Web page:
Area: 580.367 km²
Geography: Kenya´s climate varies from tropical along the coast to arid in the inland. The landscape is characterized by low plains that rise to central highlands. Lake Victoria is the world's largest tropical lake and second largest fresh water lake. The Kenyan Highlands comprise one of the most successful agricultural production regions in Africa and contribute to one third of the country’s GDP. (CIA, 2019)
Land Degradation: More than 12 million people live in areas that are affected by land degradation. There are several challenges that endanger the agricultural output of the country, soil erosion and soil nutrient depletion are two of them. Moreover the proceeding land degradation might lead to a loss of rural livelihoods, reduced water supplies and putting wildlife habitat in danger. (Mulinge W. et al., 2016)
Sustainable Land Management : The challenge of land degradation and its many negative effects is recognized by the Kenyan government. Kenya´s Vision 2030 aims to tackle the socio-economic as well as the biophysical causes of land degradation. (Ministry of Environment and Natural Resources Kenya, 2016)
Case study (2020)
Title: Economic and Policy Implications of ELD Studies in Kenya under the ReGreening Africa Project
Content: ELD supported three economic valuation studies in different agro-ecological regions of Kenya. The findings demonstrate that the benefits of SLM exceed the costs, providing evidence to policy makers that the costs of inaction – in the form of reduced food productivity and the loss of ecosystem services – are by far greater than the required current investments to address land degradation.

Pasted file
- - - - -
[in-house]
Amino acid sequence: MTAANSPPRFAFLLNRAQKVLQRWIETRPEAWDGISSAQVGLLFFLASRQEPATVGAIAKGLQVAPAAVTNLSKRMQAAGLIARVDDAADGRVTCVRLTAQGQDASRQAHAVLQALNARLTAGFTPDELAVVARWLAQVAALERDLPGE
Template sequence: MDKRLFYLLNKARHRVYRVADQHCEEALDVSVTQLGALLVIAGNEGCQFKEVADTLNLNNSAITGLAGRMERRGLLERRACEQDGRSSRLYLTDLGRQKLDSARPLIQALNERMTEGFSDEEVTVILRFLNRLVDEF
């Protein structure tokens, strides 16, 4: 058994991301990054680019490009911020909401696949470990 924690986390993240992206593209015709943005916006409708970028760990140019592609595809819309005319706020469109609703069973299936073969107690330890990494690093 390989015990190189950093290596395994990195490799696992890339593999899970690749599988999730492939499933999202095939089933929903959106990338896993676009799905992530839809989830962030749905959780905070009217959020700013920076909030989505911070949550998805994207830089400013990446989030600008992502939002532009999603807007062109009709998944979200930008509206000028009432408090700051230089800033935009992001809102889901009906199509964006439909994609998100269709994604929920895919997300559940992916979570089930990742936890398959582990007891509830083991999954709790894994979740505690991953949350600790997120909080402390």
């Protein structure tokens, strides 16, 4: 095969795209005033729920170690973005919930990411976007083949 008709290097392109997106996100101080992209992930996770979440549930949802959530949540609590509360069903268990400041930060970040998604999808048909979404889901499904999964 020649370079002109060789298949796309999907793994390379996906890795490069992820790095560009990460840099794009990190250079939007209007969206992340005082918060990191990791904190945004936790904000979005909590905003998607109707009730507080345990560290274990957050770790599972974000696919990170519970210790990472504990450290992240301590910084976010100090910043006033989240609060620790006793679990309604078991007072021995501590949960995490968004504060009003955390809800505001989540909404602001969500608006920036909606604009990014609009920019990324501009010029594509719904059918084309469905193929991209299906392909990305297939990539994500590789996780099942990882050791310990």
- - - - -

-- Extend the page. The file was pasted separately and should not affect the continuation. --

Publication: February 2020
National policy brief: EN
Regional case study 1: Aberdare Water Towers
Regional case study 2: Northern Kenya rangeland management
- Report: EN
Capacity Building (2017-2020)
Within the Regreening Africa project, jointly implemented with the World Agroforestry Centre (ICRAF), the ELD Initiative is conducting trainings on the total economic valuation of terrestrial ecosystems and their services. Trainings are complemented by practical exercises as part of the ongoing research within the country.
Case Study (2016)
Title: Costs and benefits of sustainable soil fertility management in Western Kenya.
Authors: Dallimer M., Stringer L.C., Orchard S.E., Osano P., Njoroge G., Wen C.
Scope and findings: The study examines the costs and benefits of different sustainable land management practices in Western Kenya providing important new empirical data to identify practices with quick returns on investment. Benefits that accrued to individual farmers from manuring were universally positive and the benefit-cost ratio for intercropping was uniformly high. However, an investment in physical terraces or agroforestry is going to be beneficial depending on local conditions and contexts.